Orioles reserve outfielder Lonnie Smith, 11 years removed from a midseason stay in a drug rehabilitation center, remembers the words of a professional.
"My rehab doctor told me drug abusers make the best con men in the world," Smith said. "Usually, it takes one to know one and even then you can't always tell.
"I was playing for Atlanta in '91 when Otis Nixon had his problems and I never saw the signs. It's not as easy to spot as some people think. If a user wants to hide it he can, unless he's completely gone."
Darryl Strawberry, who admitted himself into a drug treatment facility Thursday night, hadn't reached that stage when Smith saw him before a spring game in Florida last month.
"It surprised me," Smith said of the Strawberry news that cast a pall over the Los Angeles Dodgers. "When I saw him in spring training, I thought he had his life together. Evidently, there was something deeper inside him that was bothering him."
Strawberry's vanishing act from the Dodgers disappointed Smith, who voluntarily admitted himself for treatment in 1983.
"I think it's sad," Smith said. "And I think Darryl could have handled it a little better. I think he should have gone directly to the Dodgers, instead of drifting off on his own."
No one was happier than manager Tommy Lasorda when the Dodgers signed Strawberry to a five-year, $20.5 million contract before the 1991 season, a contract that has two years and $8 million remaining.
Slowed by a weak back that eventually required surgery, Strawberry totaled 10 home runs and 37 RBIs the past two seasons.
Lasorda tolerated the lack of production, but he couldn't bring himself to accept Strawberry's drug use. Lasorda comes from a generation that has trouble with the entire concept of drug use. Lasorda aired his frustrations honestly, instead of riding the politically correct bandwagon.
"I don't buy that it's an illness," Lasorda said. "I say it's a weakness. When you're putting something in your body that you know can do you harm, that you know can ruin your life, that's a weakness."
Smith has heard those sentiments.
"A lot of people feel that way and everyone is entitled to his opinion," Smith said. "Usually, the ones who feel that way are the same people who distinguish between alcohol and marijuana. In reality, other than one being legal and the other illegal, the only difference is one's a dry high and the other's a wet high. Both give you the same hangover. Both are addicting and both can lead to harder drugs."
When Smith's cocaine abuse began to scare him in 1983, he sought help. He is glad he made that choice, even though it led to a misconception that he was a repeat offender. Now Smith joins baseball in wishing Strawberry well in his drug treatment.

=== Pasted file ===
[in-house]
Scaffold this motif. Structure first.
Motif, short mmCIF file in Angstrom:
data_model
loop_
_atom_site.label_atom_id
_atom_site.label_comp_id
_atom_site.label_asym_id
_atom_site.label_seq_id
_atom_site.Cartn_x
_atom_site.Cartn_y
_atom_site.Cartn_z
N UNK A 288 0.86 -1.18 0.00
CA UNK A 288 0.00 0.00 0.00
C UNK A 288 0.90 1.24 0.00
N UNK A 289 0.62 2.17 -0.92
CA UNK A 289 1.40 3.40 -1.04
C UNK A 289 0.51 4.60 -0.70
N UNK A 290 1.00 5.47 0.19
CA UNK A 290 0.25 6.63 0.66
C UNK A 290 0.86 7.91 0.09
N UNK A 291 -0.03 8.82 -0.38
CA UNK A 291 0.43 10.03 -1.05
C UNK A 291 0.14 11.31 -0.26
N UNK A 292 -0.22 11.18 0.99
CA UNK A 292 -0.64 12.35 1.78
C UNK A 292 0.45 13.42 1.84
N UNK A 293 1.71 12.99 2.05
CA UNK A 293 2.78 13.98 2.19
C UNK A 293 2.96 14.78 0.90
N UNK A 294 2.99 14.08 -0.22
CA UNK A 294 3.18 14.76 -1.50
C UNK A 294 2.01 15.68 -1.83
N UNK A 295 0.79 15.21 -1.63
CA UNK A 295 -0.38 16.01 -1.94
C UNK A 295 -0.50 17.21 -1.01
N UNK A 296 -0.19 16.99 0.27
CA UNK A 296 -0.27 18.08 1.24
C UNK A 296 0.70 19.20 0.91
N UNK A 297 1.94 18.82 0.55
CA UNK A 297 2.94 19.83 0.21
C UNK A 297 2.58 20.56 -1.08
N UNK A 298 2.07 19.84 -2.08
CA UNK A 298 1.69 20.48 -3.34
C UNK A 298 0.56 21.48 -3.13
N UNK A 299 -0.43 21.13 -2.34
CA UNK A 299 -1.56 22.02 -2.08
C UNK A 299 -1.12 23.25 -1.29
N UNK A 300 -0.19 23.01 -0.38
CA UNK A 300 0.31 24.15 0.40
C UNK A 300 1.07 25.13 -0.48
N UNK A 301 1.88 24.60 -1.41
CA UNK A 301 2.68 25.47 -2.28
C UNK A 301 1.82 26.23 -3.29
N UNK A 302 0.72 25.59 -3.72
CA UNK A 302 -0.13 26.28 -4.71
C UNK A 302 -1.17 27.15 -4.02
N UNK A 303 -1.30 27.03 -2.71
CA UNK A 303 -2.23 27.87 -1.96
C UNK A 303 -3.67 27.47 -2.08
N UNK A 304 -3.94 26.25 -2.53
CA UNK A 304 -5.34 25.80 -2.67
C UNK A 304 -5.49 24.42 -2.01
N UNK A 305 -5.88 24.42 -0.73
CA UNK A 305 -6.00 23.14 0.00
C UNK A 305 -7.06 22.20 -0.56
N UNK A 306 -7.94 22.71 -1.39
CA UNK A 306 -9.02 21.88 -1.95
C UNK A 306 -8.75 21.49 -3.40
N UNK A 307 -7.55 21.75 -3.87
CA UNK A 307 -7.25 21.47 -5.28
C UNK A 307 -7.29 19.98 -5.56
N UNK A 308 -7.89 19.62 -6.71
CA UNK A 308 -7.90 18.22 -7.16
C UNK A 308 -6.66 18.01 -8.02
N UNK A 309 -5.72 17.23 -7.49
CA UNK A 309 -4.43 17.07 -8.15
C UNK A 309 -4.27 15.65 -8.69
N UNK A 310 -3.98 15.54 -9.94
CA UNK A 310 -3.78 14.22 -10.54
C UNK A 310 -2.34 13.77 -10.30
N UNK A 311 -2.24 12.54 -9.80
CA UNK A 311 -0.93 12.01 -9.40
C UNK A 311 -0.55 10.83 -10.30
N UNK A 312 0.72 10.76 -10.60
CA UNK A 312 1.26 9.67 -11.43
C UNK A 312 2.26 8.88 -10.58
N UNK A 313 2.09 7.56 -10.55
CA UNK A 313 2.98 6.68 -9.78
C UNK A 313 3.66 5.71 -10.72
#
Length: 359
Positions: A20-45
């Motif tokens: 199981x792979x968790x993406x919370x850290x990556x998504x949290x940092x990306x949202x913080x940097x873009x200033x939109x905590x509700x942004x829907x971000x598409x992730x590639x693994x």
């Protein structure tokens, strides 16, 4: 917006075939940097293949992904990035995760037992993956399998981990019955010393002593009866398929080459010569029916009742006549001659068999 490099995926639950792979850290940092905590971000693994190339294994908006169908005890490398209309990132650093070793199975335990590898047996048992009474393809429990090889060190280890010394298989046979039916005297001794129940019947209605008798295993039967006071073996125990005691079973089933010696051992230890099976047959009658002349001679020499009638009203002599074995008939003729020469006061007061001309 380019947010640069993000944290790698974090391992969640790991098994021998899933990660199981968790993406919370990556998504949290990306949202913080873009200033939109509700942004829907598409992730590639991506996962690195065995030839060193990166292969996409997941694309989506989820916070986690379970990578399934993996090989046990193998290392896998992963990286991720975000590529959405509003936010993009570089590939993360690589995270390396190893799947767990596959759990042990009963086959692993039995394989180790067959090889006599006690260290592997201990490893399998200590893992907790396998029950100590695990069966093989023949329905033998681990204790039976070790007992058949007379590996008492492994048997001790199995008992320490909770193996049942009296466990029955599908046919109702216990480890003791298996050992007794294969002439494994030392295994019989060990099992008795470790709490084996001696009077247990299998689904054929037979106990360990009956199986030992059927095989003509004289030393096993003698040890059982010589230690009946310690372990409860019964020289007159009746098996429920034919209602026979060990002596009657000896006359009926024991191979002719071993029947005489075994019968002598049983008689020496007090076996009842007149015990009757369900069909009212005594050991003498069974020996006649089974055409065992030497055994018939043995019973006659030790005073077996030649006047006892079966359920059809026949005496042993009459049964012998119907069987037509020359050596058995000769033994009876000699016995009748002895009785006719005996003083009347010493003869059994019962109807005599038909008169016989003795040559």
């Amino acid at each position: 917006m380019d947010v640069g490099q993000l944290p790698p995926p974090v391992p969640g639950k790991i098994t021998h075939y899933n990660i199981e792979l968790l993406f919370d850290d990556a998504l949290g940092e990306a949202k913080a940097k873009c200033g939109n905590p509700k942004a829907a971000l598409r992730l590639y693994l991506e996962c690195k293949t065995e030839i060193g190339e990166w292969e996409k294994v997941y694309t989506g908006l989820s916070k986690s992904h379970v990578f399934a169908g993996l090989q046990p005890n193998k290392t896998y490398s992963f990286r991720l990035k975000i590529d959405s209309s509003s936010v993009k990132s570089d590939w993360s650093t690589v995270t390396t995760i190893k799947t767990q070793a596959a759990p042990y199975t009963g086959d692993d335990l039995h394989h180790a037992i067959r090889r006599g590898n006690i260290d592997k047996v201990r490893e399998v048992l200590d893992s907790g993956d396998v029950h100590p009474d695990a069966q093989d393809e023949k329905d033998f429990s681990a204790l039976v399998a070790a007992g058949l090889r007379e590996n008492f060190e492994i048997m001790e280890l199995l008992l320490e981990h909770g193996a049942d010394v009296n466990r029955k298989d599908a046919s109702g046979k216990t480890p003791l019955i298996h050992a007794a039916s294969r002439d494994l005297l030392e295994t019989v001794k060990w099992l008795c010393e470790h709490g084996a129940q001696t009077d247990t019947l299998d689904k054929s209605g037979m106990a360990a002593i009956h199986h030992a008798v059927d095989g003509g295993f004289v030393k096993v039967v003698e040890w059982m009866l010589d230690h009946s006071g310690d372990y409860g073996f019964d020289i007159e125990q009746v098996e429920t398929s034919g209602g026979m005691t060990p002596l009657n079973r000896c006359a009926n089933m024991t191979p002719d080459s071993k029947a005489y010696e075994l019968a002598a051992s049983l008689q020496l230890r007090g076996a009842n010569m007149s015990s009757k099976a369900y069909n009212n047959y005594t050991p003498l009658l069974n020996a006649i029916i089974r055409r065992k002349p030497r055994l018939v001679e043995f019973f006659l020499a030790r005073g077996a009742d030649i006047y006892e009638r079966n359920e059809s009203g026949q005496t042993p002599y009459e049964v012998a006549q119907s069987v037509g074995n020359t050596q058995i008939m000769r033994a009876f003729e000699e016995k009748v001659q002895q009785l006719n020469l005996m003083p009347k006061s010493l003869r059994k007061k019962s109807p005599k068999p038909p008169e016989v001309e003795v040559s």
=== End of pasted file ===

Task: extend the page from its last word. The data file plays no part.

"I know Darryl, but not as close as I wish I had known him," Smith said. "The Darryl Strawberry I knew was a nice guy, a guy who went through a lot of ridicule in New York and remained a nice guy."
Even if he rights himself in drug treatment, Strawberry's chances of returning to the Dodgers are close to nil.
"I don't know that he will," Dodgers general manager Fred Claire said in a published report. "We are not holding a spot for Darryl Strawberry. It makes no sense to do that. His future is very uncertain as far as playing for the Dodgers again. This team isn't waiting for Darryl Strawberry to come back. He has a contract, but we haven't given up any of our rights. We're looking at that contract."
Teammates voice support
Quotes gathered by Ken Daley of the Los Angeles Daily News:
From Detroit's Eric Davis, Strawberry's close friend: "When you have things going on inside your head, it's easy to hide. Darryl is not one who shows his emotions off the field to a lot of people. In fact, probably one of his biggest problems is his ability to open up to other people when he needs to. That's why this has made me so upset. I felt I wasn't there for him somehow. I sit back and ask myself what could I have done.
"I'm just concerned about Darryl the individual. He has to live without baseball at some point in his life anyway. If he comes back and plays baseball, that's great. But if he comes back and has his life together, that's even better."
From Tim Wallach, who had a locker next to Strawberry all spring and was a teammate of Tim Raines in Montreal when Raines used cocaine: "That's what's weird. I can look back and I played Montreal when there were some problems, and I had no idea then. It's hard to explain. I would have thought nothing [about Strawberry]. Nobody had an idea."
Claire: "There was not a time we didn't ask hard questions. With someone who's got a drug problem, there's big-time denial. There are always a lot of rumors, but you've got to have hard facts. He has been asked on numerous occasions."
Holy Delgado, what a batman
Opening week Rookie of the Year, hands down, goes to Toronto catcher-turned-left fielder Carlos Delgado, who hit his third home run Friday. His first two were tape-measure shots at SkyDome.